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Growth, settlement and survival of Dicathais orbita (Neogastropoda, Mollusca) larvae in response to temperature, diet and settlement cues
Aquaculture Research
  • Warick J Noble, Flinders University
  • Kirsten Benkendorff, Southern Cross University
  • James O Harris, Flinders University
Document Type
Article
Publication Date
1-1-2015
Peer Reviewed
Peer-Reviewed
Abstract

The southern Australian whelk, Dicathais orbita, is a potential candidate for aquaculture, as both seafood and for bioactive compound production. Larval rearing experiments to determine the effects of temperature and diet on the growth and survival of D. orbita larvae under laboratory conditions comprised five different unicellular algal diets of two brown algal species; Isochysis galbana and Chaetoceros muelleri, two green algae; Tetraselmis seucica and Nannochloropsis oculata, and a mixture of all four strains for larvae maintained at 16 and 22°C. Absolute growth, specific growth rate (SGR) and survival were determined regularly. Larvae reared at 22°C on a mixed diet, or brown algae, performed significantly better than those reared on green algal diets alone. Preliminary trials with settlement cues were undertaken on different aged larvae to determine when larvae become competent. An array of natural cues (carrion, Xenostrobus pulex, adult mucus and Ulvella lens), as well as concentrations of KCl was tested. KCl(concentration of 20 mM) induced the greatest settlement, however, no larvae metamorphosed under the conditions provided. This study confirms long-lived planktotrophic larval development for Dicathais orbita with higher development rates at the higher water temperatures. Further studies will optimize culture conditions and cues for settlement and metamorphosis.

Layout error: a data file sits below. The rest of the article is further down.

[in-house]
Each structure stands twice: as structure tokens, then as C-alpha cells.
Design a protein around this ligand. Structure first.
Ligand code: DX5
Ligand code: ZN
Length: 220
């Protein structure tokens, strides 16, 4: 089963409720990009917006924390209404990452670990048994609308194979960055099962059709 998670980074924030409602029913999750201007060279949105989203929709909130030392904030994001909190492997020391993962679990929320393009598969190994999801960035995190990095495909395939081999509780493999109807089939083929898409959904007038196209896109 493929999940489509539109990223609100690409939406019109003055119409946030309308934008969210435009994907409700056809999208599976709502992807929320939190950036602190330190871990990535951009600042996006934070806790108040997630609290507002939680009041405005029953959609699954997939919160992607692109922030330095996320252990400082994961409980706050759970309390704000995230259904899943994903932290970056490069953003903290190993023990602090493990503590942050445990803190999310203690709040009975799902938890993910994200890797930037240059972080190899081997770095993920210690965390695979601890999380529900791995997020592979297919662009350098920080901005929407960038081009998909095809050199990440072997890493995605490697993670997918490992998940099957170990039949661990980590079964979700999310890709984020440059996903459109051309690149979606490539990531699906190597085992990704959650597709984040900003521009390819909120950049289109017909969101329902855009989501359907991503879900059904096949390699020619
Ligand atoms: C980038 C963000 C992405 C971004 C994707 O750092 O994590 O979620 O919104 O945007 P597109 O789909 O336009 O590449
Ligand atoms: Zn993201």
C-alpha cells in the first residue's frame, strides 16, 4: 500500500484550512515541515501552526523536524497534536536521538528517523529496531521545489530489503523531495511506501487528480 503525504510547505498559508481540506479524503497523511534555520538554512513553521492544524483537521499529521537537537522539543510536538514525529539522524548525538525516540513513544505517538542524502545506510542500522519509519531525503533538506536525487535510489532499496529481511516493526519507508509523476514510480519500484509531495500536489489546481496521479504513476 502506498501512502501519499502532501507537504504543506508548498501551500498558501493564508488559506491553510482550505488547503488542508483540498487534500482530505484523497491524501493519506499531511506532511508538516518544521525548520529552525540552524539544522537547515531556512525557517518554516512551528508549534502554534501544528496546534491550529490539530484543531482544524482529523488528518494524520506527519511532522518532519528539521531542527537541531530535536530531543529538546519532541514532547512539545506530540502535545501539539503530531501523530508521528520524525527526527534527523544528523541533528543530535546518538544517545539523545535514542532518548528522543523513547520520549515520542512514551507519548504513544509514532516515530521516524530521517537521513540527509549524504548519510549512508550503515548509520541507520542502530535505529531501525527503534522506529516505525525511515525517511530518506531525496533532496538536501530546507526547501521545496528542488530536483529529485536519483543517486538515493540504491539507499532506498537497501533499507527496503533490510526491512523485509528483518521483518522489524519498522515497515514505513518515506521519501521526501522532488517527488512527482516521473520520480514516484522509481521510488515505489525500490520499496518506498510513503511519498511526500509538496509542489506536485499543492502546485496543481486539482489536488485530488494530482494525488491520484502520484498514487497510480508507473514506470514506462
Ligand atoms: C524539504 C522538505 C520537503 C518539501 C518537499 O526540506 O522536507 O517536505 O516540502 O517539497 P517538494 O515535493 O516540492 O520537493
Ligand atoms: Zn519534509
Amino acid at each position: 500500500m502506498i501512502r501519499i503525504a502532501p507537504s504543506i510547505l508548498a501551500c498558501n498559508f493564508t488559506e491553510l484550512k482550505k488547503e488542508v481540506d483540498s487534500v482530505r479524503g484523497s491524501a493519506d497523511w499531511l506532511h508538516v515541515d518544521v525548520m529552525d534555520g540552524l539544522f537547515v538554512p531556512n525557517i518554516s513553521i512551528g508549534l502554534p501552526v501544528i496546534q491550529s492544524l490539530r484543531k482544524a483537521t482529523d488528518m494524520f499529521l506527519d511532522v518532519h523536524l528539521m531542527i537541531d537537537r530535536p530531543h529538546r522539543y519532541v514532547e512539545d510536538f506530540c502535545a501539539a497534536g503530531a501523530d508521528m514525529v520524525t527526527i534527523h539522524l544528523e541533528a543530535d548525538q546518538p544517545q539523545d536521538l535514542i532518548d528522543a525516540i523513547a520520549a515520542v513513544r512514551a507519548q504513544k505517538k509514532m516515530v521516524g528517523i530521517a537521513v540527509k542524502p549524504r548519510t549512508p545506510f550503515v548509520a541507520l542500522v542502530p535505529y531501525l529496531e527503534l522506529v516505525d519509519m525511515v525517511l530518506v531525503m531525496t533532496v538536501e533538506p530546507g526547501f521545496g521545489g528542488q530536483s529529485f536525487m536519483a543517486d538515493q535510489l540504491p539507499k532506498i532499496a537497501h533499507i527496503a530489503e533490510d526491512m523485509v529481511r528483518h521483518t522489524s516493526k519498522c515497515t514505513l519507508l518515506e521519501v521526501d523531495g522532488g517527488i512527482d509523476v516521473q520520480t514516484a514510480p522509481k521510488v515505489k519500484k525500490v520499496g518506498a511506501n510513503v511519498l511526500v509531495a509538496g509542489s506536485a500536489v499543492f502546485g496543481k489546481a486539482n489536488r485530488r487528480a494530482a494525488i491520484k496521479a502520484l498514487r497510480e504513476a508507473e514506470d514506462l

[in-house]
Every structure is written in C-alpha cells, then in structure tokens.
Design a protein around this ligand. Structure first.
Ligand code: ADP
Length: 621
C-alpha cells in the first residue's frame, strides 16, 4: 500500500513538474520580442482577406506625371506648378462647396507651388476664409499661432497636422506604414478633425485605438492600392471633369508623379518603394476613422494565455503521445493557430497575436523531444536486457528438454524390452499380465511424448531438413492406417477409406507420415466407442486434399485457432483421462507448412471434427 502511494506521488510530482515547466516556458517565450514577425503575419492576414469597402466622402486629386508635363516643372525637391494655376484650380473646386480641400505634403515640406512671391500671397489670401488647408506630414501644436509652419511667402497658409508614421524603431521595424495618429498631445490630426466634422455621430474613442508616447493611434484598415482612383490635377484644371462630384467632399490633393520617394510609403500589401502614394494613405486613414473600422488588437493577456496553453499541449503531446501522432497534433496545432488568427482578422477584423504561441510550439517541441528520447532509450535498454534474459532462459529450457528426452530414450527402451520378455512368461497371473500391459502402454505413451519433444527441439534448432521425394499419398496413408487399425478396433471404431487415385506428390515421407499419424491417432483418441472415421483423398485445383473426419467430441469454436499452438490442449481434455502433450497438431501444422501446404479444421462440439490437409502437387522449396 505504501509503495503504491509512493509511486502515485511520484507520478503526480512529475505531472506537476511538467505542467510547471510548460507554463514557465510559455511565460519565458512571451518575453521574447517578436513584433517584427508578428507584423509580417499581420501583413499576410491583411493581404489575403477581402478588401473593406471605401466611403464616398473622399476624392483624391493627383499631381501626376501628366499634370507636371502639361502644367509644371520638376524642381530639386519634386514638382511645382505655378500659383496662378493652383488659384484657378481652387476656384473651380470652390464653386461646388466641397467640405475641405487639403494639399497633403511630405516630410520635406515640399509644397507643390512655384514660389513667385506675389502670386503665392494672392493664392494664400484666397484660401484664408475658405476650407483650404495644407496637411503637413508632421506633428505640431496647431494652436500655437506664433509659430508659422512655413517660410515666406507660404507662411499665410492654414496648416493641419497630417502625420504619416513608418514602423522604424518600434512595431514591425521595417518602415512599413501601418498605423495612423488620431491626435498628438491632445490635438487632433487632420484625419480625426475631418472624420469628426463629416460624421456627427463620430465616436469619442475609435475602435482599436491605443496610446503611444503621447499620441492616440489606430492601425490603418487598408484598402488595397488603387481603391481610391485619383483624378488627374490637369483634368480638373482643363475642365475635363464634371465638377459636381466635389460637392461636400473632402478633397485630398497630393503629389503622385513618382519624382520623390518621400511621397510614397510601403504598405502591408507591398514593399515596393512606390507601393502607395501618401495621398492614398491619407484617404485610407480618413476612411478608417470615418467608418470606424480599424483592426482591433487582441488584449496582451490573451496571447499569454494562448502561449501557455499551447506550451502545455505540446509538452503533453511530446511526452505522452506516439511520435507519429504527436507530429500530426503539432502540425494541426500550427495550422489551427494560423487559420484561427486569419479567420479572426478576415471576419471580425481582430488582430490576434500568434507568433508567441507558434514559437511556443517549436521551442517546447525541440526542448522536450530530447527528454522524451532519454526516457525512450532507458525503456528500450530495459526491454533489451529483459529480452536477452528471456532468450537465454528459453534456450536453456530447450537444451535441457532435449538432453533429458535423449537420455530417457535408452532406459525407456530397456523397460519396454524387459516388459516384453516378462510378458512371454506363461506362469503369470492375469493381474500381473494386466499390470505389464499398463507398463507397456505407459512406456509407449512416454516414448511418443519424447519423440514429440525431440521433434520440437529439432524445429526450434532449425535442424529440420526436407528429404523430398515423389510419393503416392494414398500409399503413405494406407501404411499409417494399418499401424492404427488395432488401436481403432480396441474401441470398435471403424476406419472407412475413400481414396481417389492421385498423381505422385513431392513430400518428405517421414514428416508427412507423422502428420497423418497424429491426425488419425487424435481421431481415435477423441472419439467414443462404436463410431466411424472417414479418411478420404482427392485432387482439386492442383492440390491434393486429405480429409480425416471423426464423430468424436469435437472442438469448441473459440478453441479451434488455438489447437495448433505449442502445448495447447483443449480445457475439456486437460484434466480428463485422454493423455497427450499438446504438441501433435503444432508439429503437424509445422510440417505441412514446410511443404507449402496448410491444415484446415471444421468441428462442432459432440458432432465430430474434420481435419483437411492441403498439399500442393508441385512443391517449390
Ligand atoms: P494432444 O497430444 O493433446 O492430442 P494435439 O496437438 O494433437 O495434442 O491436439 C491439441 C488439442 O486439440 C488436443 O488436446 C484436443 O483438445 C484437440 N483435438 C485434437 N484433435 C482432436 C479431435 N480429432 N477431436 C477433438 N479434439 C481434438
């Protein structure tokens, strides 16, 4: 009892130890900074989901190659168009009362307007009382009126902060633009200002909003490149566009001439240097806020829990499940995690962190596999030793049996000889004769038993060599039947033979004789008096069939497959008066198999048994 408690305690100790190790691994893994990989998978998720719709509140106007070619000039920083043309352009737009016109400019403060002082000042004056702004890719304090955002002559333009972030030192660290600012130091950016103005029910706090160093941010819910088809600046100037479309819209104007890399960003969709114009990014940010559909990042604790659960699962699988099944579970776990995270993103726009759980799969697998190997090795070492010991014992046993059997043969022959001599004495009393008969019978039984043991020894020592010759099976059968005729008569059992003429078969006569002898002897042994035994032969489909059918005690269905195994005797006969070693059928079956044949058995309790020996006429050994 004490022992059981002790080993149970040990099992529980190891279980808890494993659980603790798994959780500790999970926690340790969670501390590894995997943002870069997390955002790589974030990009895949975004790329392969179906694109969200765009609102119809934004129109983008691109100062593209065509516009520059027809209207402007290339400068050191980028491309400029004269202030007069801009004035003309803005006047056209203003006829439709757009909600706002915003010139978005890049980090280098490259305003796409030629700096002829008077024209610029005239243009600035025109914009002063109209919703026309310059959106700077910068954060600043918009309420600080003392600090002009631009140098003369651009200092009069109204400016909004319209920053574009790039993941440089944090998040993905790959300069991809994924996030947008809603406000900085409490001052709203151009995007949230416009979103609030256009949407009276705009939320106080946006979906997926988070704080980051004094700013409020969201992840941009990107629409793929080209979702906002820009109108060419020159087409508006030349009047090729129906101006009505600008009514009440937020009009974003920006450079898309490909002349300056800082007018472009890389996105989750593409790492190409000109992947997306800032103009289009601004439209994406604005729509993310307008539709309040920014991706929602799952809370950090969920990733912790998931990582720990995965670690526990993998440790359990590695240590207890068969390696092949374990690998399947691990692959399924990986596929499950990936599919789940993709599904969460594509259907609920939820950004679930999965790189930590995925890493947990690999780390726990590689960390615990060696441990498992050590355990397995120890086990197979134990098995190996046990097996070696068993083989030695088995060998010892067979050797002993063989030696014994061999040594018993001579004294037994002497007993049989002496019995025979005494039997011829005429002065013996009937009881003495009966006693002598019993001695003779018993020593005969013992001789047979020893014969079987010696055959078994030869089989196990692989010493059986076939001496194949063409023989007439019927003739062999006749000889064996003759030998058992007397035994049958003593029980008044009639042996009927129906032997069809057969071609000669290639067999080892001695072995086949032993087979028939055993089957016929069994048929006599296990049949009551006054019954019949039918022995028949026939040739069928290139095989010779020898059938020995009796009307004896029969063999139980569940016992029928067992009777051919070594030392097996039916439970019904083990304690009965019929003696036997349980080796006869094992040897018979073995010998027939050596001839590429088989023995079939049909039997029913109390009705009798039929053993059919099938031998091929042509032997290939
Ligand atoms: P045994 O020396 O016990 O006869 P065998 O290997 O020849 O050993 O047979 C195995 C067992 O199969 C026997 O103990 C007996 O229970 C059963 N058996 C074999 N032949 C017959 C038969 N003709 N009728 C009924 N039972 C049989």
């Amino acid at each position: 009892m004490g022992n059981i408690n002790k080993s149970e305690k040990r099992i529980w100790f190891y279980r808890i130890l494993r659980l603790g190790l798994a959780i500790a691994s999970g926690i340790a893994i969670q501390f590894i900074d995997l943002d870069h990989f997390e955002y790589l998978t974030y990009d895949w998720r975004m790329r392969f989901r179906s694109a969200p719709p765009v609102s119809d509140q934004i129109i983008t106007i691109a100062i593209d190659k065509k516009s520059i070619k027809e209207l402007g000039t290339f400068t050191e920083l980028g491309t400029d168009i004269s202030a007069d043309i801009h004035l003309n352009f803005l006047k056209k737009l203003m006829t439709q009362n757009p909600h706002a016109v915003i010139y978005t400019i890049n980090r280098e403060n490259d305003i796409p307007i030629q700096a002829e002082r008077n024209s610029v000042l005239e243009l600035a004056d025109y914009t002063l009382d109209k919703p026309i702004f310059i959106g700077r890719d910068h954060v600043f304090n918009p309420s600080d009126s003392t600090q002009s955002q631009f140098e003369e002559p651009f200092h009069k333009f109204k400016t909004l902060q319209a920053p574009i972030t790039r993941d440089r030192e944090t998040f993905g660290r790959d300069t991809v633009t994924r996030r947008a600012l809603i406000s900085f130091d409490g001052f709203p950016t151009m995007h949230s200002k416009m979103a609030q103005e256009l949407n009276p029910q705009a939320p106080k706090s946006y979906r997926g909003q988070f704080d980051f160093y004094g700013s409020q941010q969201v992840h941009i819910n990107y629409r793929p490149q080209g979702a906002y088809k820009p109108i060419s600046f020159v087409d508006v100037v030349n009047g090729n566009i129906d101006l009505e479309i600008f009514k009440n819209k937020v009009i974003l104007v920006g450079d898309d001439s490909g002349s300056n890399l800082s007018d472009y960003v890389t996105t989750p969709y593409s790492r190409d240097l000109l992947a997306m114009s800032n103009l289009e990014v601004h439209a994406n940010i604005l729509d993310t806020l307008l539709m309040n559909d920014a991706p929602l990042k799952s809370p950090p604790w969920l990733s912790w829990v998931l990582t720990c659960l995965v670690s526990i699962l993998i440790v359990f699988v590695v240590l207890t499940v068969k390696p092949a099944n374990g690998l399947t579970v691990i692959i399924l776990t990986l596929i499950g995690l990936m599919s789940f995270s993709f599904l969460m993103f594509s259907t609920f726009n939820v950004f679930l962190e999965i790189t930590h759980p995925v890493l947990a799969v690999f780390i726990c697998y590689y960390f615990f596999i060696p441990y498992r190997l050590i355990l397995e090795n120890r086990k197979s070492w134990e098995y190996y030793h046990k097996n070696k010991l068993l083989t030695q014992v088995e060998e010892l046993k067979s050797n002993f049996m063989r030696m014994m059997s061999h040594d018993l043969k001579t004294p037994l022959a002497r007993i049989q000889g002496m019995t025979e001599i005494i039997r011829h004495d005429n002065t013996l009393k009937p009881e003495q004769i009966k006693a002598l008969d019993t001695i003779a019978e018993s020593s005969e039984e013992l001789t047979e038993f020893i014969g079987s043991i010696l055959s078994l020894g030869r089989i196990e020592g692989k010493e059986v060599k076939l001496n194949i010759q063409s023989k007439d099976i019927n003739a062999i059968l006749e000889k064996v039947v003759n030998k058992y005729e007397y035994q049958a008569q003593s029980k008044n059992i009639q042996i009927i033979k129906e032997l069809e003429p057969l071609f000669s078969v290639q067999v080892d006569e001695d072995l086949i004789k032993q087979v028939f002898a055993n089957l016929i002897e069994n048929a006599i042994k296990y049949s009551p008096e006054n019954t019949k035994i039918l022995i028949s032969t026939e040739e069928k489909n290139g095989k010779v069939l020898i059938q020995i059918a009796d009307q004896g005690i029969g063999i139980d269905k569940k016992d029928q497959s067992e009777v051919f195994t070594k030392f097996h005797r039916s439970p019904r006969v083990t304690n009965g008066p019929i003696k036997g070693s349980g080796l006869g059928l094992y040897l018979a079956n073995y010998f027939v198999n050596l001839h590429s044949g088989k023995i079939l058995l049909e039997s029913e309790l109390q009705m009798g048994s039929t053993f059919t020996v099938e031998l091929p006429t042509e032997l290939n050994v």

Citation Information

Noble, WJ, Benkendorff, K & Harris, JO 2015, 'Growth, settlement and survival of Dicathais orbita (Neogastropoda, Mollusca) larvae in response to temperature, diet and settlement cues', Aquaculture Research, vol. 46, no. 6, pp. 1455-1468.

Published version available from:

http://doi.org/10.1111/are.12298